Frederick girl narrowly misses Scripps National Spelling Bee final | Frederick News Post


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NATIONAL HARBOR — While she could have gone to the Maryland state math competition, 13-year-old Chloe Johnson decided to pursue spelling instead. And she almost made it to the finals of the Scripps National Spelling Bee.

After several attempts to correctly pronounce the word “fecund,” which means fertile or capable of producing many offspring, Chloe, an eighth-grade honor student at Gov. Thomas Johnson Middle School, tried her hand at spelling it.

She got that right on the first try.

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“I just took a good guess, and I just happened to be right,” Chloe said, adding that her knowledge of Latin and Greek roots helped her.

Although she got both “jacquard” and “fecund” correct, Chloe will not advance to the final because of her preliminary written test score. Jacquard refers to an intricately woven fabric, or the loom that creates that fabric, and is named for the Frenchman who invented it.

“No matter what happens, you’ve got to keep doing it. And no matter how you keep doing it, you’ve got to be happy with what you do, because otherwise you’re not going to have a good time,” Chloe said before the competition.

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Chloe Johnson uses her hand to write the word “Jacquard,” which she spelled correctly in the preliminary round of Scripps National Spelling bee at the Gaylord National Resort and Convention Center in National Habor, Maryland Wednesday. (Dan Gross/The Frederick News-Post)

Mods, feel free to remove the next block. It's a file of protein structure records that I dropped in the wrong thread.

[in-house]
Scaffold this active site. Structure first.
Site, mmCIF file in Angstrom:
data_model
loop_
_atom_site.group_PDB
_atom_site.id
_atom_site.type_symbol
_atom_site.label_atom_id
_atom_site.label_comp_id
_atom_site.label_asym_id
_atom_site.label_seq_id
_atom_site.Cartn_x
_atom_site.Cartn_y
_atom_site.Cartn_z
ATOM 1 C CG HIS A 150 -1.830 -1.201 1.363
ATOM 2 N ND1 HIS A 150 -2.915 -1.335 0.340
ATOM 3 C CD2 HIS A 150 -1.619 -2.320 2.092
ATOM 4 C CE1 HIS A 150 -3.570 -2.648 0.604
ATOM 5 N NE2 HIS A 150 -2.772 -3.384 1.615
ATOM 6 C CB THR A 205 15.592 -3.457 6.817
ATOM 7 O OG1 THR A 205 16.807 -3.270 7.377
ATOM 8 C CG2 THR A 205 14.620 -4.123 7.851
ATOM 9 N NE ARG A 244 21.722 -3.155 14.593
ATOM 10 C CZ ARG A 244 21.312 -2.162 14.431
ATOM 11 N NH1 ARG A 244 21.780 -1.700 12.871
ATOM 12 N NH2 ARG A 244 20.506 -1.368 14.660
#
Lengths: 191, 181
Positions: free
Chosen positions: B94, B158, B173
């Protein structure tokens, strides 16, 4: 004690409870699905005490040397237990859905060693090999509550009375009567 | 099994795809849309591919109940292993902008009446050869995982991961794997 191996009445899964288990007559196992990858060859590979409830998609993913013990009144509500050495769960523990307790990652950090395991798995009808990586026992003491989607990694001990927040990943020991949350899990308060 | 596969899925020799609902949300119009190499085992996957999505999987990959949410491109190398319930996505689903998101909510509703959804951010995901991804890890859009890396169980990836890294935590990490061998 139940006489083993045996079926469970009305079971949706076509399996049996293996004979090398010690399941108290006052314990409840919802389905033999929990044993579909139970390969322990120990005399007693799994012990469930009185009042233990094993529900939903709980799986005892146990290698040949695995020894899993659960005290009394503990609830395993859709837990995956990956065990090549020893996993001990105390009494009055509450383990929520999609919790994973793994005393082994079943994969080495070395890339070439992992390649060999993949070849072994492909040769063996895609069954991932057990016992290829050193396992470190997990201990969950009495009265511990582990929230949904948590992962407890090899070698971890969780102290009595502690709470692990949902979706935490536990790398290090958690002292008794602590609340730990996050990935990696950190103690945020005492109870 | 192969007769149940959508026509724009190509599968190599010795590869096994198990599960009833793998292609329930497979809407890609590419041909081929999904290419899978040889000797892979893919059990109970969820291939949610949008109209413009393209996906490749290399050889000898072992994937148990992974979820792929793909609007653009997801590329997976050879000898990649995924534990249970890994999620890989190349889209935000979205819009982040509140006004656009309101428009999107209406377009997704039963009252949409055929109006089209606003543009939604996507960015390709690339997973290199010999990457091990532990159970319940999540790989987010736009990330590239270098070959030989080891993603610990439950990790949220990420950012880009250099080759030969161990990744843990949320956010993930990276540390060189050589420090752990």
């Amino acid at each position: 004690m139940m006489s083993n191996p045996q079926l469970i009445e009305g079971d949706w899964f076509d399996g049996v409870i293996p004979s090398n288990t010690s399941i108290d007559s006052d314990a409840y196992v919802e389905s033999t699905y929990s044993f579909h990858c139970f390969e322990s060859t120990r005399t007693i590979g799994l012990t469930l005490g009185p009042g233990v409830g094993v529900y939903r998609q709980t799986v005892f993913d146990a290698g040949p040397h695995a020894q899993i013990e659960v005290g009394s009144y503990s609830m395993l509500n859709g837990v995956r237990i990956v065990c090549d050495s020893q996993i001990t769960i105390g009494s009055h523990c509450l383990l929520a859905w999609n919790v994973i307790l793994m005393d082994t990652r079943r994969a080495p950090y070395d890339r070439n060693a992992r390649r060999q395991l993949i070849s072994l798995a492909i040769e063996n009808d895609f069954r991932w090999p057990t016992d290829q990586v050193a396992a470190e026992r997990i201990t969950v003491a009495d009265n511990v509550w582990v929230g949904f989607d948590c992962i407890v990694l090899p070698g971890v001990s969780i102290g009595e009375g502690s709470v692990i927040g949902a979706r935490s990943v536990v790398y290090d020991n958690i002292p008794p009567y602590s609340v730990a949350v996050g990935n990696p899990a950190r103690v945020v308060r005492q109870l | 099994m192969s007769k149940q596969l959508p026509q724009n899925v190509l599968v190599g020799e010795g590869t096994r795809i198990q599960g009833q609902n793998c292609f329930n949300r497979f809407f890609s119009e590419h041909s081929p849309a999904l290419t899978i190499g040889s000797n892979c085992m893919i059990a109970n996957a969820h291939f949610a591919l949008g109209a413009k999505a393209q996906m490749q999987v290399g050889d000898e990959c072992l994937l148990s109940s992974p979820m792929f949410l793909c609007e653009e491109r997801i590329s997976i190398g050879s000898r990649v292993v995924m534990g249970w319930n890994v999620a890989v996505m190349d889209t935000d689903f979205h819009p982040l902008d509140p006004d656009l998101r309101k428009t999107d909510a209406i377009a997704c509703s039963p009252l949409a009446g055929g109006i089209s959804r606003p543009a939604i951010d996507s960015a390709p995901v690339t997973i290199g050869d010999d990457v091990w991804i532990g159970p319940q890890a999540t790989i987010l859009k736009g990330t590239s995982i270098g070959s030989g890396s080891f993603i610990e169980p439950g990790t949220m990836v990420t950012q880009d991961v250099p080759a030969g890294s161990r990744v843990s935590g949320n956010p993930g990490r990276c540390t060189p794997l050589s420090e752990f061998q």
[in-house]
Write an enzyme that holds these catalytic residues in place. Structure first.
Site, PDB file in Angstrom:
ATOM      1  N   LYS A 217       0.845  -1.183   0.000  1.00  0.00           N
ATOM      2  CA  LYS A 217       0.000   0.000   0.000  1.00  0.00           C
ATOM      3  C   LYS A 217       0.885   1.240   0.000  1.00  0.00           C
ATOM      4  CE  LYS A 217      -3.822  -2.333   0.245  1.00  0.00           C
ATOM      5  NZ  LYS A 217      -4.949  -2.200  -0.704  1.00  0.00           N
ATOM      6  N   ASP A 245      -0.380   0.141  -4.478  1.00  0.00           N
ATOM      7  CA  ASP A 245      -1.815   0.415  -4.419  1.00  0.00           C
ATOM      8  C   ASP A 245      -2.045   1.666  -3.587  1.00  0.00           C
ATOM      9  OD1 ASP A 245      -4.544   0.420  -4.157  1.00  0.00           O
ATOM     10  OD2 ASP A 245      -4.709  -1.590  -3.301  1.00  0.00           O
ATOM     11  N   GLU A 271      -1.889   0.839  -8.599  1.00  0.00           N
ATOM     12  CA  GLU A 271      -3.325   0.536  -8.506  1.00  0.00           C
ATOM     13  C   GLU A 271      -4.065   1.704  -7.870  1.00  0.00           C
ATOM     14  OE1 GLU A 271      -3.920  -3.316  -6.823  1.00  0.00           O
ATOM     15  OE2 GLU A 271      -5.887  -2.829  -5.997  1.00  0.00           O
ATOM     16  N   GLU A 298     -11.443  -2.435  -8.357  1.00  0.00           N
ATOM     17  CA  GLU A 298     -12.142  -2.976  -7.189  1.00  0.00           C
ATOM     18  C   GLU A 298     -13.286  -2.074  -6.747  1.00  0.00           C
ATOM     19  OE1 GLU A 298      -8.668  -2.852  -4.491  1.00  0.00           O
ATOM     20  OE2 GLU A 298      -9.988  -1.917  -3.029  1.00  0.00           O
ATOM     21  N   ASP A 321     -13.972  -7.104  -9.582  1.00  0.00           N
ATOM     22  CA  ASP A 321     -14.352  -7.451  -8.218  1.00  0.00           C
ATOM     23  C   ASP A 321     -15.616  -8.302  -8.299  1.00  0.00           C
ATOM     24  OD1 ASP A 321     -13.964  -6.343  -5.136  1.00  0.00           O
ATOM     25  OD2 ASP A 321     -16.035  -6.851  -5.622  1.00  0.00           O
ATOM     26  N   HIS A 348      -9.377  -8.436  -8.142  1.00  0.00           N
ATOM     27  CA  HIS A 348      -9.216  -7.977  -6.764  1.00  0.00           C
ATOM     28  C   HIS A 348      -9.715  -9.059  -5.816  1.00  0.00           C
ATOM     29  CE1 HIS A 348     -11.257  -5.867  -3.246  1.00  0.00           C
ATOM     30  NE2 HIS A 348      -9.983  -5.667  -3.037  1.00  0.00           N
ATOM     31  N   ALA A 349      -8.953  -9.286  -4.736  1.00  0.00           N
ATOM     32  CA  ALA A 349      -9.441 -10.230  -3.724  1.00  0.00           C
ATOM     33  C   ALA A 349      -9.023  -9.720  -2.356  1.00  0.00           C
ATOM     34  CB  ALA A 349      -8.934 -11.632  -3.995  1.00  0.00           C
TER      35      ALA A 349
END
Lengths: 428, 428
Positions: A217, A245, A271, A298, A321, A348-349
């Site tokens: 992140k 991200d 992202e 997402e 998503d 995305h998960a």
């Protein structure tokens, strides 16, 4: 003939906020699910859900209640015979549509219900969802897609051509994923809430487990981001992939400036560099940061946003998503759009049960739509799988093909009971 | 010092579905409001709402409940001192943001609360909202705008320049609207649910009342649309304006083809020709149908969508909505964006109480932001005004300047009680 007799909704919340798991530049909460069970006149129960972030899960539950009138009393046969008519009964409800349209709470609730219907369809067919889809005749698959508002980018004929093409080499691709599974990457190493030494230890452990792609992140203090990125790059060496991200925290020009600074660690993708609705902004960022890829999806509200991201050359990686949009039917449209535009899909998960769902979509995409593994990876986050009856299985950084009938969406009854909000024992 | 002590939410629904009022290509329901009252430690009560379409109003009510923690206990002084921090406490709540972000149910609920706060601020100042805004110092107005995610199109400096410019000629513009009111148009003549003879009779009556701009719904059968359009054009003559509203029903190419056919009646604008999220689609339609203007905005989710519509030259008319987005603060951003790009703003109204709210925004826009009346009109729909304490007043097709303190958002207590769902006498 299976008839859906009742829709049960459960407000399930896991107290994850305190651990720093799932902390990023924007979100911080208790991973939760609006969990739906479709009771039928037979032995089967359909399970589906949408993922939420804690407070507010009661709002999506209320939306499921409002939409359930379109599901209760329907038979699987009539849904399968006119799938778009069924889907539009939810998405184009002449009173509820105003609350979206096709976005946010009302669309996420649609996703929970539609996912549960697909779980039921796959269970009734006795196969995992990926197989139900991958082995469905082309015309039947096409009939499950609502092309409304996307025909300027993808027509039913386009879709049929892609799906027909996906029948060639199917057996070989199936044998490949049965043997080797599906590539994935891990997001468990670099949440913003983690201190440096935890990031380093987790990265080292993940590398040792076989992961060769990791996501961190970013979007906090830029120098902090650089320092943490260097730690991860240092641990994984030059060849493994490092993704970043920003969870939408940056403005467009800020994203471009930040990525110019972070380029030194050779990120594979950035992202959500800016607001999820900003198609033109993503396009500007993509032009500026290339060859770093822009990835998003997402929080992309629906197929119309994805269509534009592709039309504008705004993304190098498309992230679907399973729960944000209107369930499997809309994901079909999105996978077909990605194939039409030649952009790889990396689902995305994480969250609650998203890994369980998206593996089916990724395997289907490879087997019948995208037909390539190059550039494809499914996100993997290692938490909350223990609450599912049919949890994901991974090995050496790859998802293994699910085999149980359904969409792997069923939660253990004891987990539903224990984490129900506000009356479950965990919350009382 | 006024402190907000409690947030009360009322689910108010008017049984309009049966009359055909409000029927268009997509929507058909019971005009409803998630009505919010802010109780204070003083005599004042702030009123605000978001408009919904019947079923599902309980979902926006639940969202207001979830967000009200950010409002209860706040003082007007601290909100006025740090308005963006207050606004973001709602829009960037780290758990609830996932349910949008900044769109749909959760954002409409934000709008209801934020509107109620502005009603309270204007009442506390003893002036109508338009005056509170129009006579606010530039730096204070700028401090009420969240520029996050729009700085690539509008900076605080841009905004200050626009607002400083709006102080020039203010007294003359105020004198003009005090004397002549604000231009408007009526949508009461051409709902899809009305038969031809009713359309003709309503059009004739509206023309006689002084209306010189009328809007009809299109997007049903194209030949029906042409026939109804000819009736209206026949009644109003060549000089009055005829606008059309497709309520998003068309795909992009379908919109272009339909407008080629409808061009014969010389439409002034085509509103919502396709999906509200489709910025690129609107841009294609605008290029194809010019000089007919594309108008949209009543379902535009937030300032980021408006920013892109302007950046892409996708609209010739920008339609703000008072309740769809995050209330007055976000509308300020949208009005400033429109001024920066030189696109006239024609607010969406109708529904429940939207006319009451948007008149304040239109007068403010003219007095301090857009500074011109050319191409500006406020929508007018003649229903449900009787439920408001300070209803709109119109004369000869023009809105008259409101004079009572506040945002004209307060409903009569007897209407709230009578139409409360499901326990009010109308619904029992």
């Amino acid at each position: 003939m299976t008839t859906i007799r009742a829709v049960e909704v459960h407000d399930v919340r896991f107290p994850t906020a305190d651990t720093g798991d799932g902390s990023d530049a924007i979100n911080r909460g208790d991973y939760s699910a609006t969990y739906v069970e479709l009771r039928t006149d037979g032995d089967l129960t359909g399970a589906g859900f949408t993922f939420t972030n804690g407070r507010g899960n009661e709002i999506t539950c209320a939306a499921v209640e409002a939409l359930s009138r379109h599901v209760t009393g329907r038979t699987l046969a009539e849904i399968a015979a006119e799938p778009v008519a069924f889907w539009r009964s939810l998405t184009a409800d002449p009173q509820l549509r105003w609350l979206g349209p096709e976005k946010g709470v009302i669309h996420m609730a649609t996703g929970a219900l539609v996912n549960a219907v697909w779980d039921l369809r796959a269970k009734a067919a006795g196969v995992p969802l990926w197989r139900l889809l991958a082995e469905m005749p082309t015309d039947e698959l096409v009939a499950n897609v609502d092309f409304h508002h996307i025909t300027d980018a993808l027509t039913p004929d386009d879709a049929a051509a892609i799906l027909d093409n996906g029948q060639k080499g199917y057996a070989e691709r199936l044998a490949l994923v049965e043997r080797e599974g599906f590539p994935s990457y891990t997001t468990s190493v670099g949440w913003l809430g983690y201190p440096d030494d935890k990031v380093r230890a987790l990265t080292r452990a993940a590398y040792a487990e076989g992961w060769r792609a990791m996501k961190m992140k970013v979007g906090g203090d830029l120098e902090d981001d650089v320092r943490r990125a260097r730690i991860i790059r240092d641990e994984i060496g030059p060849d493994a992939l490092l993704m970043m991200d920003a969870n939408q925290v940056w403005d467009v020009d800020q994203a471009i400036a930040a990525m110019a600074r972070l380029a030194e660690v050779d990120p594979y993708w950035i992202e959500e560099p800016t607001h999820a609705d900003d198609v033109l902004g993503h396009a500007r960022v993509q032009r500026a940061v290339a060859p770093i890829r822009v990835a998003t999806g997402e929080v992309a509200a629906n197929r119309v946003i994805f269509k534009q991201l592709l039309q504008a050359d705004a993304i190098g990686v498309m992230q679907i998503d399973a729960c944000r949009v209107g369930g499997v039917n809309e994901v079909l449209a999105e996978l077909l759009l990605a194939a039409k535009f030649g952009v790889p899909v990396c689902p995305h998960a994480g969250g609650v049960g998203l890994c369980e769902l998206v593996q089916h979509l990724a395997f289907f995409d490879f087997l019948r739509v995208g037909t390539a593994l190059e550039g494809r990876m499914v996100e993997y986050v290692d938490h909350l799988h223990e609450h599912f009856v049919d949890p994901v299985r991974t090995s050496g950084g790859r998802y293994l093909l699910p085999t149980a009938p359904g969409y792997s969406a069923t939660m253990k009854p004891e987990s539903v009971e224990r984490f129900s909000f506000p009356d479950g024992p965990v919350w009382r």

This is the third year Chloe has participated in a spelling bee, and this time she advanced to the national stage.

“Maturity” is what has changed about her, according to Chloe’s mother, Sherri Johnson. “The more you read, the more words you learn. I think her reading is something that just builds her vocabulary every day.”

As much as she wanted to help, Johnson said, Chloe has always been independent and able to manage her studies herself.

“She is learning piano right now by herself,” Johnson added.

There were 285 spellers in the entire competition; 284 showed up. Only 45 are moving forward to compete in the finals.

Although Chloe didn’t make it to the finals, Johnson said it is more important for Chloe to have fun and appreciate her accomplishment.

“I only get to do this once, and here I am. I am going to make the most out of it, and it’s been a really fun time,” Chloe said.

After finishing the school year, Chloe plans to train at the YMCA as a counselor this summer. She will also be preparing for the National American Miss competition later in the summer, a pageant that focuses on academics and career preparedness.

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